AS many Guyanese have already heard, the Liza Destiny production vessel has conducted controlled flaring over the past few weeks due to a technical complication with its gas compressor. While Exxon has indicated that it is working to remedy the situation, and that the amount of gas being flared has already been reduced substantially, it is important to understand the safety role flaring plays during the startup of an oil and gas development.
Natural gas that is found at predominantly crude oil developments like Liza Phase One is called “associated” gas. When wells are drilled into an oil reservoir, that gas comes up to the surface under pressure along with the oil. Companies treat associated gas very carefully, otherwise it could lead to build up of pressure and potentially safety incidents.
Depending on the situation, oil companies have a few options to handle this associated gas: they re-inject it to boost oil recovery; process it as liquefied natural gas (LNG) and ship it via tanker; bring it ashore on a pipeline for use in power plants; or flare it. Flaring is the safest method of dealing with short term or unexpected gas coming out of a well, particularly at start up when other facilities are not yet built (like a pipeline to shore). Flaring involves igniting the gas as it emerges in a highly controlled continuous flame.
While the government and Exxon have discussed a possible pipeline to bring gas ashore for domestic electricity generation, at present Exxon has to dispose of the gas another way. The Liza Destiny is designed to avoid routine flaring once it reaches peak production, primarily by using a large compressor to re-inject the gas back into the ground to help oil production. Due to the compressor issue, however, the Liza Destiny was forced to continue flaring gas for a few weeks as a safety precaution before reducing oil production, and flaring, in early June.
It’s worth noting that it is standard procedure for government contracts to allow operators to flare during startup purposes and for safety reasons. Recent reports indicate that Exxon is working with the Environmental Protection Agency and Department of Energy to keep them updated as they work to fix the machinery.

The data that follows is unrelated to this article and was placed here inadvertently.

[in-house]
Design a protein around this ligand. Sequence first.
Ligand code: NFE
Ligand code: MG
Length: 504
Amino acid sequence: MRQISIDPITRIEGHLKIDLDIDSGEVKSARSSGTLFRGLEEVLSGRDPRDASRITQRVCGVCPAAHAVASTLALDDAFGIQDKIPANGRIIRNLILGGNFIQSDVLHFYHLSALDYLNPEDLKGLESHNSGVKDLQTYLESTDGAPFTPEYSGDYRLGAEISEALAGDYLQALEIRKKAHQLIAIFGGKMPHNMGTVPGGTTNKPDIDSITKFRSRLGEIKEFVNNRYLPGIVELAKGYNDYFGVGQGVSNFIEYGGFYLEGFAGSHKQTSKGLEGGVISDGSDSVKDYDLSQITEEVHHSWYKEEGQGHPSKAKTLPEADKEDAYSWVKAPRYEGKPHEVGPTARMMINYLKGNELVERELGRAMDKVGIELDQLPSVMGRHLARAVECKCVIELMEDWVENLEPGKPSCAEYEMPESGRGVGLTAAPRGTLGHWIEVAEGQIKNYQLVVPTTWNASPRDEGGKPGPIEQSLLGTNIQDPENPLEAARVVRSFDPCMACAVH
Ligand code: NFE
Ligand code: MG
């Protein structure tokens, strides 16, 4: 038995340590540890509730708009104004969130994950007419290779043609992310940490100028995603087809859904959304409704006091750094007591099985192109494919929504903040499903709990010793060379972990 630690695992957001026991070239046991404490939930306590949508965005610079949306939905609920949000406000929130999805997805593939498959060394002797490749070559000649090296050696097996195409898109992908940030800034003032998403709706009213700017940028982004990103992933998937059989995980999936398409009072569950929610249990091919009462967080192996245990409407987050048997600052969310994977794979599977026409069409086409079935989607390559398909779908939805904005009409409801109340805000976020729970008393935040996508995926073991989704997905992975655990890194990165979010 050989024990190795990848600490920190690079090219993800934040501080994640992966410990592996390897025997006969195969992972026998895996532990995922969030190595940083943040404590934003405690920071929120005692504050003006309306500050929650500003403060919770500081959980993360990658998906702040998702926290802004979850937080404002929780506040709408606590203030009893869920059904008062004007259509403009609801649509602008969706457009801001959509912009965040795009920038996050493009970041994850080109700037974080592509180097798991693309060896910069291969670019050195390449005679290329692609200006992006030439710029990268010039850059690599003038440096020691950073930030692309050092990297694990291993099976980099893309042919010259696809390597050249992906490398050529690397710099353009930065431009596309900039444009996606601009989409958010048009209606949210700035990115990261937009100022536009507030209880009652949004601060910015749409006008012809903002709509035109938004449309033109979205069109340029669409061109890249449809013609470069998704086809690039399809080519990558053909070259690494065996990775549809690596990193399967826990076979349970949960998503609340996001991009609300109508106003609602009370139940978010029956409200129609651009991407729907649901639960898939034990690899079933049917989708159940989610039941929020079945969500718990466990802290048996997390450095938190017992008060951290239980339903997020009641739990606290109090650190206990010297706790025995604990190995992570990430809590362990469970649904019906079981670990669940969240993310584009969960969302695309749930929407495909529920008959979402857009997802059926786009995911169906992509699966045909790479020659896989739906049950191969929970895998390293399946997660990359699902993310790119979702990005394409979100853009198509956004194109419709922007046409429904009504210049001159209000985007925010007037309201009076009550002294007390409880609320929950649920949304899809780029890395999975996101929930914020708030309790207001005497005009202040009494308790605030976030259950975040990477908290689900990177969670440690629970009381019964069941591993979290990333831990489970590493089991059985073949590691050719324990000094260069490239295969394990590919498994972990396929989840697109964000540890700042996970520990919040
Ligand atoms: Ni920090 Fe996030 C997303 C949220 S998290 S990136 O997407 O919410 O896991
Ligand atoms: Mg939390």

The gas compressor system itself is an enormously complex and vital piece of machinery made by precision manufacturers under contract, not by Exxon itself. Exxon has indicated that a major complicating factor in resolving the malfunction has been difficulties in getting experts into the country in light of travel restrictions caused by the COVID-19 pandemic.
Experts from the compressor manufacturer are actively providing advice remotely and will be on site as soon as they complete the required two-week quarantine imposed on industry personnel entering the country. Though unfortunate, the operators will need to continue flaring gas as a precaution until the technical experts are able to leave quarantine and can fix the problem.
While much has been made of the amount of gas being flared, it’s useful to consider the global context. Guyana now has only one active production site and so temporary flaring on the Liza Destiny has a considerably smaller impact than that seen by many larger producers. Many other countries continuously and intentionally flare much larger quantities of gas. According to public data, even in the highly unlikely event Guyana’s present flaring rate continued for a full year, it would account for less than one fifth of one per cent of overall global flaring volumes.
While it is very important that we be vigilant about how Exxon is operating off our shores, the company says the current flaring is the result of an unplanned event during project startup and notes that it is capturing lessons learned to apply in its other projects here in Guyana. When completed and at full production, Liza is designed to be a world class operation including by having no routine flaring. Let’s hope this only is a temporary blip in the decades of life ahead for Liza.